I’m even so old, I remember how, in the days before the election, Democrats demonized Comey as potentially costing Hillary a win, on November 5, 2016:

By contrast, Democrats rallying behind Mrs. Clinton have made a late-campaign strategy out of fueling outrage at the F.B.I. The campaign published an open letter, signed by dozens of former prosecutors, chastising Mr. Comey. President Obama criticized him. The House minority leader, Nancy Pelosi, hinted that he might be pushed from office.

“Maybe he’s not in the right job,” Ms. Pelosi told CNN. “I think that we have to just get through this election and just see what the casualties are along the way.”

Now, it’s the Russians, the Russians, the Russians.

It may be that the Russians were responsible for the DNC and Podesta hacks, and did it to help Trump. But it is a huge logical leap to then say that was the decisive factor in the election; that’s not what Hillary, her campaign, Harry Reid and leading progressives were claiming just before and after the election.

Moreover, given all the factors and flow of information, it would be a completely speculative and logical leap to say that Russian interference was so huge that it warrants reversing the election result. It also is a leap to go from the need to investigate, retaliate, and prevent future intrusions, to reversing an election.

Those seeking to flip the Electoral College are playing with fire. There is a slender reed that holds this nation together, and allows for the peaceful transition of power. The clearly pretextual argument being made to reverse the outcome could tear our social order apart.

Which, of course, would be the ultimate victory for Vladimir Putin, and perhaps one he would cherish the most.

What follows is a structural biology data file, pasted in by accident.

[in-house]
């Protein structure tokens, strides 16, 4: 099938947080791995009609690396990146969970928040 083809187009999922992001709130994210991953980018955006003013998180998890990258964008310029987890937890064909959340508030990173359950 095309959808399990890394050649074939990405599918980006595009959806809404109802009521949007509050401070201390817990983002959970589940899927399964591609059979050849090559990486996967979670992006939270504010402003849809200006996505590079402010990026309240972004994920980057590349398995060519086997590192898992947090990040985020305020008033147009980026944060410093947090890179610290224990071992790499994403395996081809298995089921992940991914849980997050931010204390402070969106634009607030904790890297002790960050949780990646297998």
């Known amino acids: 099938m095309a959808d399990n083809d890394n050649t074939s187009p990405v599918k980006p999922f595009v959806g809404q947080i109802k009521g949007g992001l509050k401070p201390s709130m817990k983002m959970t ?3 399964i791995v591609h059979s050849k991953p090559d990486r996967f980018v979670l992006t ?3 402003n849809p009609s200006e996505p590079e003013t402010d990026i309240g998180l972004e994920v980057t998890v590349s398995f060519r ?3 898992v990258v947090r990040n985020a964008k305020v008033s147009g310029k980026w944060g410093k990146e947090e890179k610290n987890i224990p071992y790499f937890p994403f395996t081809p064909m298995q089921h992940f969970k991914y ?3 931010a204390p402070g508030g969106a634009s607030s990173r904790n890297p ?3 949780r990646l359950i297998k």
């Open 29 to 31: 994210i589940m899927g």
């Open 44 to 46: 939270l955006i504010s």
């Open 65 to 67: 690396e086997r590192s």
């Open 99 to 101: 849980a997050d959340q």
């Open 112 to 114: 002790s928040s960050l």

DONATE

Donations tax deductible
to the full extent allowed by law.

Comments

Someone has posted video from hilldawg’s “lost it” gala.

https://www.youtube.com/watch?v=JFvujknrBuE

Not to mention the Electoral College provides a unique blend of federalism upon which the system thrives.

It’s not like California is lacking electoral weight compared to other states.

Is there any Constitutional basis for the Electoral College to consider post-Election suspicions like this? None of the College members hold sufficient security clearances to even hear the information, let alone act on it. Besides, the CIA says they won’t brief anybody, including Congress.

    Milhouse in reply to SeniorD. | December 17, 2016 at 8:29 pm

    The constitutional basis is simply that the electors can consider whatever they like. They are under no obligation, legal or moral, to vote as expected, and any state law purporting to impose such an obligation is self-evidently invalid. The reason electors so seldom do change their votes is not because they shouldn’t, let alone because they can’t, but merely because they seldom want to. Candidates for elector are nominated by their respective parties for their proven partisan commitment and loyalty, so it’s hardly surprising that they almost always stick with their party. That’s why it’s utterly inconceivable that R electors, no matter what they think of Trump, would vote for Clinton, or for any other Democrat. The most that any of them might do is vote for some other Republican.

If the Russians are so competent at throwing American elections, how did Obama come about?

Twice.

Shutter –> Shudder